Article: The 'Perfect Ascetic'

Contributed by Nalini Balbir

'Ten conditions of perfect chastity'

A set of prescriptions has been devised to help monks renounce women completely and become better ascetics. The rules aim to force male ascetics to avoid everything to do with women, whether directly or indirectly, so that no doubt or temptation may arise in their minds.

Chapter 16 of the Uttarādhyayana-sūtra lists 'the ten conditions of perfect chastity'. Note that the last four conditions do not relate to women directly, but are concerned with causes of excitement or passions that are contrary to the right path.

Ten 'conditions of perfect chastity'




Monks should not sleep or rest in places where women go


Male mendicants should not speak to women


Ascetics should not sit on the same seat as a woman


Monks should not look at or think about female charms and beauty


Male mendicants should not listen to women screaming, singing, laughing, giggling or crying


Ascetics should not recall the pleasure and amusements they enjoyed with women in the past


Mendicants should not eat well-dressed or tasty food


Ascetics should not eat or drink too much


Mendicants should not wear ornaments, lest they become objects of desire


Ascetics should not care for sounds, colours, tastes, smells and feelings


Śvetāmbara nuns meditate in front of a cloth-wrapped bookstand, used to hold scriptures. To Jains, meditation helps purify the soul of karma and is thus vital for spiritual progress. It is a daily obligatory duty – āvaśyaka – for mendicants.

Śvetāmbara nuns meditate
Image by Claude Renault © CC BY 2.0

One efficient way to destroy the karmas that have entered an ascetic’s soul is for him or her to practise penances or austerities – tapas. There are 12 types, detailed in Chapter 30 of the Uttarādhyayana-sūtra.

Six varieties are external, and relate to control of food or mortification of the body.

Six external austerities for mendicants


fasting – anaśana


limiting the quantity of food before being full – avamodarikā


restrictions in gathering almsbhikṣā-caryā


avoiding tasty food, sauces and so on – rasa-parityāga


mortification of the flesh – kāya


living in isolated places – saṃlīnatā

The other six varieties of austerities are internal. Some are concerned with areas covered in categories mentioned above.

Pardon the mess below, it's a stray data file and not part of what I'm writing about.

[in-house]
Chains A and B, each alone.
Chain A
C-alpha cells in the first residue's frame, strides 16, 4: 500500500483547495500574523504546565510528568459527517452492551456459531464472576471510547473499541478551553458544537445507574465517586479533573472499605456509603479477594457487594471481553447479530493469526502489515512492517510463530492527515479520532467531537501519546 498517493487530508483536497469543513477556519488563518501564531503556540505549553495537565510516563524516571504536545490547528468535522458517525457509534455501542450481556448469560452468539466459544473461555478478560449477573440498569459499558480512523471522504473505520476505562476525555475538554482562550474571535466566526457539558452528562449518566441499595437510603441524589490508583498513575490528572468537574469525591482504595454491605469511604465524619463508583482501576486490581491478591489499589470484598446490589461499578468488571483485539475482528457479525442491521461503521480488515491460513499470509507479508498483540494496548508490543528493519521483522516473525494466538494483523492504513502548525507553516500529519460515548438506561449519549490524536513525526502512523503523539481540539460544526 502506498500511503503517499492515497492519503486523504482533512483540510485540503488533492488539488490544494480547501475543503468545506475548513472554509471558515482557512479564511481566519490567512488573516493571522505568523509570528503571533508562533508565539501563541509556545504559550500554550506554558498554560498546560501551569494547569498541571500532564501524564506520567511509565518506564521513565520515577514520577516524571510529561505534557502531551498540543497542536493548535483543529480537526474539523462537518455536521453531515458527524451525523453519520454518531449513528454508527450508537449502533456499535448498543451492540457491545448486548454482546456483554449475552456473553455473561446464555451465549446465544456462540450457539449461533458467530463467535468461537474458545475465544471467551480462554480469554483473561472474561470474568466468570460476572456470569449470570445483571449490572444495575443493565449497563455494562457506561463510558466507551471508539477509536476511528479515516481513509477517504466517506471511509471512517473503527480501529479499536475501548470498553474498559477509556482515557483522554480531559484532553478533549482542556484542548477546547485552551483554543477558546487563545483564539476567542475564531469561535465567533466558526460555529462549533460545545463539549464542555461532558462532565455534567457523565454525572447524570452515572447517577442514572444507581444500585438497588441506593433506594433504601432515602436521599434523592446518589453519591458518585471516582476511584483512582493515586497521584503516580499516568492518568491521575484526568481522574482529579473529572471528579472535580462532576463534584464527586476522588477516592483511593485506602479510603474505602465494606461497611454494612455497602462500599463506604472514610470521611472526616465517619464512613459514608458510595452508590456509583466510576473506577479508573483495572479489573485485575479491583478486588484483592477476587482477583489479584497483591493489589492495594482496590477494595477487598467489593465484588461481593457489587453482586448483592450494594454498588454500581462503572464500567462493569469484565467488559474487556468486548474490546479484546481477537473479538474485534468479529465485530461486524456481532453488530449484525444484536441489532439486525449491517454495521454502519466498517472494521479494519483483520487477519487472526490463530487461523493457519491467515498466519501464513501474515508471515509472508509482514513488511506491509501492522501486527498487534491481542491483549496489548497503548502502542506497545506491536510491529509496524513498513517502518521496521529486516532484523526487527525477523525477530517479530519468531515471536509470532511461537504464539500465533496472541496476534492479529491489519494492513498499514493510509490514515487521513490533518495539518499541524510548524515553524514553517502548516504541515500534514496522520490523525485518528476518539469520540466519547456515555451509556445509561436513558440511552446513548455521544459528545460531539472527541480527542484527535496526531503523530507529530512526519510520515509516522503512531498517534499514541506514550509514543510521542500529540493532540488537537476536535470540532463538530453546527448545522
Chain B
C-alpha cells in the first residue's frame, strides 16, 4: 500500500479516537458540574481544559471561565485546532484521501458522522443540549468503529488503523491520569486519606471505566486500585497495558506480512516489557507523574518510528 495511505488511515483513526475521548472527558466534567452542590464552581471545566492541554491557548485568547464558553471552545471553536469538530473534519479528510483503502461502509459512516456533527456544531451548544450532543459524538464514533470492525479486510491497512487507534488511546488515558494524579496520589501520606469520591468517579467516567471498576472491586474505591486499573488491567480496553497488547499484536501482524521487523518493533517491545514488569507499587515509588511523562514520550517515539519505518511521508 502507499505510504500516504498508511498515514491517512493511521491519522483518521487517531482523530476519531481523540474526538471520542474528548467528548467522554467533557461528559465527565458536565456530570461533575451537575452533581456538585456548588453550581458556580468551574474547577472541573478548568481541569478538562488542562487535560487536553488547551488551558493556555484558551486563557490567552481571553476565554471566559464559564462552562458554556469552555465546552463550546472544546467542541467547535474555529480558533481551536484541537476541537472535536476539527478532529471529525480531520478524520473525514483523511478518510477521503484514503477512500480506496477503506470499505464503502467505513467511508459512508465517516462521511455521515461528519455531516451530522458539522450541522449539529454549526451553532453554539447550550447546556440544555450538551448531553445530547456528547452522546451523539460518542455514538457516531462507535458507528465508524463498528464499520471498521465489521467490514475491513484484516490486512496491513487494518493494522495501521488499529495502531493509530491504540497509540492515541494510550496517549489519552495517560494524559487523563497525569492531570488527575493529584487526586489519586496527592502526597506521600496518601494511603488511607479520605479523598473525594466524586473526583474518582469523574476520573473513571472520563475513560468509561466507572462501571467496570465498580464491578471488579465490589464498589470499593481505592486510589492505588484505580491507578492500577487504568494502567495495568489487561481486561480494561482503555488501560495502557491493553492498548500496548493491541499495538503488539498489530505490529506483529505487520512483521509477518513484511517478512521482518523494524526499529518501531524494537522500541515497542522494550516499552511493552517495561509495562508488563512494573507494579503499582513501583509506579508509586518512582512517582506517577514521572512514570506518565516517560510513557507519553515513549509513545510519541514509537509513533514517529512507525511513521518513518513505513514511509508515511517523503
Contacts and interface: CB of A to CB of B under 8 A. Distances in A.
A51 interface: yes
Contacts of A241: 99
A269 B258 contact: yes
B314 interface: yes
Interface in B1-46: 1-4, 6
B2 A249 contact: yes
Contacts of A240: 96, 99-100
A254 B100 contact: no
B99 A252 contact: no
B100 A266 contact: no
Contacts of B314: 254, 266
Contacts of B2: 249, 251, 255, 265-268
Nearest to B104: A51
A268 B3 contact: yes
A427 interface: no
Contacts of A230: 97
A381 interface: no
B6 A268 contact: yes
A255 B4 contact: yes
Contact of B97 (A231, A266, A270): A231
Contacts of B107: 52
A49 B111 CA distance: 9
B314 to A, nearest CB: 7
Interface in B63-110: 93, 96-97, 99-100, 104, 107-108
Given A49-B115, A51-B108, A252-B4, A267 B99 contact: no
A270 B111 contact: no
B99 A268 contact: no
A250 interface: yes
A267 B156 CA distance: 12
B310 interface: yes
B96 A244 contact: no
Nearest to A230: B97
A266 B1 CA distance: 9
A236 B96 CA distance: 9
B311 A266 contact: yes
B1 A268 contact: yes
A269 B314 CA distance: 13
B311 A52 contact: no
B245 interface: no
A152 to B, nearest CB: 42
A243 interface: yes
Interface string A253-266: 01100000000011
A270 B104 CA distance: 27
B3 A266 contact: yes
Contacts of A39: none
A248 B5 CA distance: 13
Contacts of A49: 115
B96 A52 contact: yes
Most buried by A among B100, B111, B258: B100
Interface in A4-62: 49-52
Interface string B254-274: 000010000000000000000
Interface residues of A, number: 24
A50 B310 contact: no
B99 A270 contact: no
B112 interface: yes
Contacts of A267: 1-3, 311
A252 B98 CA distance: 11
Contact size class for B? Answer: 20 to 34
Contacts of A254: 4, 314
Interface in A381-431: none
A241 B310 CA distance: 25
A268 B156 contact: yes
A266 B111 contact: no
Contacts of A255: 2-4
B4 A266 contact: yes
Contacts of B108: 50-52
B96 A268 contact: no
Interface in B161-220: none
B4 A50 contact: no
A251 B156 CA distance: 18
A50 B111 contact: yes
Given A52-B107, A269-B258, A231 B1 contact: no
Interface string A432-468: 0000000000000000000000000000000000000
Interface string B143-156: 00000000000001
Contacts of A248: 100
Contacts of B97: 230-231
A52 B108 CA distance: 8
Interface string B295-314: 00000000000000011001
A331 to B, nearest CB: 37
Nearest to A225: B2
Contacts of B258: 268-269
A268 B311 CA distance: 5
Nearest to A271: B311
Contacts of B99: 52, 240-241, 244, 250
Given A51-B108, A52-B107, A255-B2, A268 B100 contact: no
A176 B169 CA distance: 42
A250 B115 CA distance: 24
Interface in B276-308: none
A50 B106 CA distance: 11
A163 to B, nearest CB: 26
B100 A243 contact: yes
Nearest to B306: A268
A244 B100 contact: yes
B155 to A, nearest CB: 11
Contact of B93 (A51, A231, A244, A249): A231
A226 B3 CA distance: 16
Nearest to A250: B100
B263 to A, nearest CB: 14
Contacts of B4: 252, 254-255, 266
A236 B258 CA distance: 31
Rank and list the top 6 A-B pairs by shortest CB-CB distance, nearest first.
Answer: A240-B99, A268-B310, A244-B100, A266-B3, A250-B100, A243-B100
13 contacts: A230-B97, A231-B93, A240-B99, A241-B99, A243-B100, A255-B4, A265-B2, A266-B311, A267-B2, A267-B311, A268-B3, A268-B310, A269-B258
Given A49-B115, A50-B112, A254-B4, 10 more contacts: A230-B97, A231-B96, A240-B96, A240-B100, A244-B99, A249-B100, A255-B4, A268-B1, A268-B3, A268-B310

Six internal austerities for mendicants


expiation of sins and lapses – prāyaścitta


politeness or humility – vinaya


serving the teacher and other senior monksvaiyāvṛtya


study – svādhyāya


meditation – dhyāna


rejection of the body – kāyotsarga – which means remaining motionless in whatever position one is.

Fasting unto death

How Jains die is important because their mental state at this time determines their destiny in the next birth. They are also advised to avoid living in circumstances that would stop them from keeping vows or performing required duties. For these reasons, control over one’s death is recommended to all Jains, especially mendicants. What Jains call sallekhanā – 'thinning out' – or anaśana – fasting to death – implies gradually giving up food and liquids. This is believed to purify the mind and destroy all negative karma and passions. It is a difficult thing to do and must be an individual’s choice. Fasting to death is not common among lay Jains and is known as 'a sage’s death':

Death against one’s will is that of ignorant men, and it happens to the same individual many times. Death with one’s will is that of wise men, and at best it happens but once.

Uttarādhyayana-sūtra, chapter 5, verse 3
translation by Hermann Jacobi

The mendicant who decides to die in this way generally goes to a secluded place on a hilltop, because high places are considered holy. Inscriptions and memorials found in places such as Shravana Belgola are evidence of this practice. It is still a part of mendicant life today, especially among Digambaras, and is considered to be something remarkable.

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Related Manuscripts

  • Final colophon

    Final colophon

    Bodleian Library. Prakrit c.1. Unknown author. 1465 CE

  • Text


    Victoria and Albert Museum. IS. 83-1963. Unknown author. 15th century

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